Given that the relationship between total BFM and T2DM remain inconsistent, future studies are needed. While there is some evidence in studies using CT or MRI to measure subcutaneous fat52, data on the relationship between DXA-assessed SFM and T2DM are lacking. This is likely because previous versions of DXA were unable to compartmentalise SFM. Further studies using newer DXA models which can provide SFM in a large, population-based sample across the spectrum of BMI are warranted to assess the impact of SFM on the prevalence and incidence of T2DM. Studies unequivocally showed that people with T2DM were more likely to have lower MM36,37,38,39,40,41,42,43 through several mechanisms, such as decreased glucose utilization by muscle53, increased levels of systemic inflammatory cytokines such as interlukin-6, TNF-alpha, and C-reactive protein54,55 oxidative stress56, and mitochondrial dysfunction57. However, the relationship between reduced MM and risk of developing T2DM is still unclear21,45,46, and further studies are needed to determine this relationship and associated underpinning mechanisms.
There is substantial evidence indicating percent body fat differs between Asian and Western populations58,59, suggesting that the body composition profiles of patient with T2DM might also differ in these populations. As such, we also analysed various BC parameters separately in Asians and Caucasians. For BFM, most of the included studies (6 out of 8) were from Caucasians, limiting our ability to conclude whether objective fat measures differed between Asians and Caucasians. Of the 9 studies (4 Asians, 5 Caucasians) included in the systematic review of the DM-MM relationship, we found that T2DM was associated with low MM measures in both populations. However, there were only 3 studies (1 Asian, 2 Caucasians) for MM-DM relationship, with equivocal findings, suggesting the need for more studies to untangle this relationship in general, and between different populations.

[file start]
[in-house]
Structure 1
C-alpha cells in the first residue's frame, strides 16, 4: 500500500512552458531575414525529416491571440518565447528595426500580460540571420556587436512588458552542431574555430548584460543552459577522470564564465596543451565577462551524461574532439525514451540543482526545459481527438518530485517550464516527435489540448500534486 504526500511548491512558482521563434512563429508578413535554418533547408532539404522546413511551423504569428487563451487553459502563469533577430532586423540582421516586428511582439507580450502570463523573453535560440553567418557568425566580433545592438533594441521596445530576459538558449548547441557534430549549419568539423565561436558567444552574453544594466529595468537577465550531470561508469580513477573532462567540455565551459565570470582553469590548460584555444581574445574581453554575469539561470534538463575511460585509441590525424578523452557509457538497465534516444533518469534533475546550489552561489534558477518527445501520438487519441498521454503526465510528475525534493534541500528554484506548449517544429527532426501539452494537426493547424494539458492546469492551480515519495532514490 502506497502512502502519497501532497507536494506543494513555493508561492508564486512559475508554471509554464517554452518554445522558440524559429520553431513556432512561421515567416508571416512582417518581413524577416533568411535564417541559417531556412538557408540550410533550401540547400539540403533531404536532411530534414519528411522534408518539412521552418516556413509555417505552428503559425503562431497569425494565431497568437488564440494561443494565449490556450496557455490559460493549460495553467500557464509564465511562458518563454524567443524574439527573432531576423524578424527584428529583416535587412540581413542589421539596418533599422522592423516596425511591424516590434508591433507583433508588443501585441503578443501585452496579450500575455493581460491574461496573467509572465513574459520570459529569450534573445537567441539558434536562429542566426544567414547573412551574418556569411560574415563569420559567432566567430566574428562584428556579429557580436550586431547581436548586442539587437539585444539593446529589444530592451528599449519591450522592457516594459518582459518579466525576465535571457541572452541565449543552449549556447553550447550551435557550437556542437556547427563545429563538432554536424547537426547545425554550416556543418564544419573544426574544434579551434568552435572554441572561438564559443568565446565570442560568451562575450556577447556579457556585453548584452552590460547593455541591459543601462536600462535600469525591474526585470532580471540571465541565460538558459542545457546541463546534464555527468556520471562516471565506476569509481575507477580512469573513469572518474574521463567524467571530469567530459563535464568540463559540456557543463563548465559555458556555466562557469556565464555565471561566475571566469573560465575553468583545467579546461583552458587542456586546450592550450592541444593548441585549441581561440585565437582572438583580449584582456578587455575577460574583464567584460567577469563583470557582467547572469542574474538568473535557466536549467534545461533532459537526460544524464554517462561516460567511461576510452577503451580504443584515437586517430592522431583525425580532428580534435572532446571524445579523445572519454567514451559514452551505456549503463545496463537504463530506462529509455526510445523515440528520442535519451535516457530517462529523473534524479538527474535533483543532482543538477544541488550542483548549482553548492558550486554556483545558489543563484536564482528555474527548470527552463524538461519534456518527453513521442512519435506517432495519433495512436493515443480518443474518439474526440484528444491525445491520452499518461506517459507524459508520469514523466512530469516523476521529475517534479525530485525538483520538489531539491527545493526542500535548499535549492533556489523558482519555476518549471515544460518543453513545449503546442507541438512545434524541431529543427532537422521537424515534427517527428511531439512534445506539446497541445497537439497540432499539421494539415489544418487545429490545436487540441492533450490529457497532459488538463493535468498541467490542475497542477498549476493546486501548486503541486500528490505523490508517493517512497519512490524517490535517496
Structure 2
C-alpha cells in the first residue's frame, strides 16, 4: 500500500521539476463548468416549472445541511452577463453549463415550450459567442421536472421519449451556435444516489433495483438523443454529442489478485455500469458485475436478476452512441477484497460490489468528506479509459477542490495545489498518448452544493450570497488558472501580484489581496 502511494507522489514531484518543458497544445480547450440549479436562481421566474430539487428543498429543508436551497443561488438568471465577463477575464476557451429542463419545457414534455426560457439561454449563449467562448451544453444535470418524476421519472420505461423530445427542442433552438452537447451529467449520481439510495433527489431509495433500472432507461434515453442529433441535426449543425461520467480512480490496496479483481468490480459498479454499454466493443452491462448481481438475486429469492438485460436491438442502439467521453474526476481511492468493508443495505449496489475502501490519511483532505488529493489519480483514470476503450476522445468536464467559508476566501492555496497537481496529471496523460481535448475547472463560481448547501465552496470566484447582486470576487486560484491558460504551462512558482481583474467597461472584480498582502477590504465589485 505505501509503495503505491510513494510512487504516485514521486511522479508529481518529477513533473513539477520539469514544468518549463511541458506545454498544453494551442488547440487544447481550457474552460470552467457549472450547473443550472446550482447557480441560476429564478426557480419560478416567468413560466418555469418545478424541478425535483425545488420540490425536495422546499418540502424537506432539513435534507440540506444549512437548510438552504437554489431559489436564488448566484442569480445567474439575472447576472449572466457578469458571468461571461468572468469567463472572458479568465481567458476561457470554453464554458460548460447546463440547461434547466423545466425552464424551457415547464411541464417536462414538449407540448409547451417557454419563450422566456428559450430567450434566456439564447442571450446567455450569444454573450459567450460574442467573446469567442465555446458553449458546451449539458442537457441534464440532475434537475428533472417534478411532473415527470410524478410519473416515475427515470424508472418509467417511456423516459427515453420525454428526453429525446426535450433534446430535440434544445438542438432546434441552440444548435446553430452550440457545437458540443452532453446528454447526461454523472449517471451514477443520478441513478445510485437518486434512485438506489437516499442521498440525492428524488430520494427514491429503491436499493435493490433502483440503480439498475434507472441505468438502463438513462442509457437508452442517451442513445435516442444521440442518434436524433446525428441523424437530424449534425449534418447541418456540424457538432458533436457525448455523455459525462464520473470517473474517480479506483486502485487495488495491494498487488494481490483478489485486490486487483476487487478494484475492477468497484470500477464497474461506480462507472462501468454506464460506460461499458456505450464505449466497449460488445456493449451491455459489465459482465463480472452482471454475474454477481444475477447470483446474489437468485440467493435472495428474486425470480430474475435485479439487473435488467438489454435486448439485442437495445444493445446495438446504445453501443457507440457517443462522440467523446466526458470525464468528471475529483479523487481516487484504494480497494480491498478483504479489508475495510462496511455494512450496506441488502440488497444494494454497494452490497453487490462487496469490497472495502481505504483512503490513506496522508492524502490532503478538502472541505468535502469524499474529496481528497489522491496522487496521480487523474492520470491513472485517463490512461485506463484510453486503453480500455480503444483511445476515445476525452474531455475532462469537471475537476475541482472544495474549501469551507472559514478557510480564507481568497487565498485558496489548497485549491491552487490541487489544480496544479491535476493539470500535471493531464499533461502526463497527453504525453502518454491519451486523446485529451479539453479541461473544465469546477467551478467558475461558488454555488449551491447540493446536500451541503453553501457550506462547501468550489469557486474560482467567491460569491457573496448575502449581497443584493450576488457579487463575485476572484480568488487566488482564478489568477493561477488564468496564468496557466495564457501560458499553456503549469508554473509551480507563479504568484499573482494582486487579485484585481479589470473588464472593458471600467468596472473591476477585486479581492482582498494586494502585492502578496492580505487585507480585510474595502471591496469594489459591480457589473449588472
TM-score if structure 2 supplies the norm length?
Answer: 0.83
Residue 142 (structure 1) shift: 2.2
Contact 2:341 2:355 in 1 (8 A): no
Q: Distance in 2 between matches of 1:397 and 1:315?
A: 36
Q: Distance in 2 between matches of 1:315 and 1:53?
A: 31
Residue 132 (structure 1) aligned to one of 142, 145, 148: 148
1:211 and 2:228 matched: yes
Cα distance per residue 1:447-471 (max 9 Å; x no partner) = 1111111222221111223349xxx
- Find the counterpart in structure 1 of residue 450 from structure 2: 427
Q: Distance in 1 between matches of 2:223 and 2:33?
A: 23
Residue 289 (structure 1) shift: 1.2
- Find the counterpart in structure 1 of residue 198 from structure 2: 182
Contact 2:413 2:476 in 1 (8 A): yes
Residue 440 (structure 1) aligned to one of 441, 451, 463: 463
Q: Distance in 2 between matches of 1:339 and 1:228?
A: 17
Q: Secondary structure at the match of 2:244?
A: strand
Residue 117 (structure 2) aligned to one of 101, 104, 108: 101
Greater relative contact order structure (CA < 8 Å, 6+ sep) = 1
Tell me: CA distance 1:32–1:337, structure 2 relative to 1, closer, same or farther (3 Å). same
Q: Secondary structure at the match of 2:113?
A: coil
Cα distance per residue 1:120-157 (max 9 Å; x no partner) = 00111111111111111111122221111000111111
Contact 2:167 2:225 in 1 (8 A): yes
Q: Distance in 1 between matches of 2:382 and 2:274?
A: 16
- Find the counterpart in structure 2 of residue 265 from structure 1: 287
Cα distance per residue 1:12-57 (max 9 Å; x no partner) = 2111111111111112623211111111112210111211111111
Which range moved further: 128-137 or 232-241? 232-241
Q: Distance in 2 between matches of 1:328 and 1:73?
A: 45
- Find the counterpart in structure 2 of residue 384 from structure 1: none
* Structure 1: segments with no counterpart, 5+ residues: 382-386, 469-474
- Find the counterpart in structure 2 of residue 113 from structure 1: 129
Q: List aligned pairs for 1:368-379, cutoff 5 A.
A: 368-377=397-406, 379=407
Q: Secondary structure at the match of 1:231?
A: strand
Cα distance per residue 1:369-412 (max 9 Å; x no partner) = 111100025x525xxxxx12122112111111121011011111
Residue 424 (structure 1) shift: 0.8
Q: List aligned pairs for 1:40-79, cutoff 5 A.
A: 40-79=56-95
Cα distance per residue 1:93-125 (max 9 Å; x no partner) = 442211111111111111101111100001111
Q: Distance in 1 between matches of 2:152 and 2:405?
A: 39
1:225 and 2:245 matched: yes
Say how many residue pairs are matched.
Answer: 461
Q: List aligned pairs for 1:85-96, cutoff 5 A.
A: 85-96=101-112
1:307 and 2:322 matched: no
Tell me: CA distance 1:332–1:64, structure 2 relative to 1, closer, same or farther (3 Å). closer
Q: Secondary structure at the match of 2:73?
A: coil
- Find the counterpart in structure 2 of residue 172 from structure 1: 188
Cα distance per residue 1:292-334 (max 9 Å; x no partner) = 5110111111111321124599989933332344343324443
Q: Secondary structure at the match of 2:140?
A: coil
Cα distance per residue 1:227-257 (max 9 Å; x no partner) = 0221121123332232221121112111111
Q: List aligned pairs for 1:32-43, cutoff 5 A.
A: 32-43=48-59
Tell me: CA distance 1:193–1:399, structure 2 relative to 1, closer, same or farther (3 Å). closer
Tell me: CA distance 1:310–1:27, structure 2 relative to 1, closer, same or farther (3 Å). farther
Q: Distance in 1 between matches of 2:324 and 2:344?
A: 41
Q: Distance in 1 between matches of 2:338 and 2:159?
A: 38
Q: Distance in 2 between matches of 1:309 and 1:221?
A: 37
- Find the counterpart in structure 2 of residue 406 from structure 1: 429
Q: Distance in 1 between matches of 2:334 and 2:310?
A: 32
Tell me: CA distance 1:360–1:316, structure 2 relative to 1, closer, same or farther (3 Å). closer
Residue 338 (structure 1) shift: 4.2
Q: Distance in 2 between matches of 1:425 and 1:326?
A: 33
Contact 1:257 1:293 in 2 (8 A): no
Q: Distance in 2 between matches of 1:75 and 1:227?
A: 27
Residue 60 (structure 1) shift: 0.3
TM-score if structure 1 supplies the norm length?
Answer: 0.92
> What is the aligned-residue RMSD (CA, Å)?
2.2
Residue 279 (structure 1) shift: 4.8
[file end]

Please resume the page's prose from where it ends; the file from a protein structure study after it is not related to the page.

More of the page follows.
There are several strengths of our systematic review. First, we only evaluated the relationship between BC measures and T2DM in human subjects, which allows for a more direct translation of results into clinical recommendations for patients with T2DM. Second, the studies in our review had wide geographic diversity, which can aid its generalizability. Third, we did not limit the timeframe, allowing a broad range of literature from 1998 to 2018. Finally, we excluded studies involving people with T1DM. This is important as there are pathophysiological, etiological, epidemiological and disease management differences between diabetes types which means that the influence of BC may differ between T1DM and T2DM.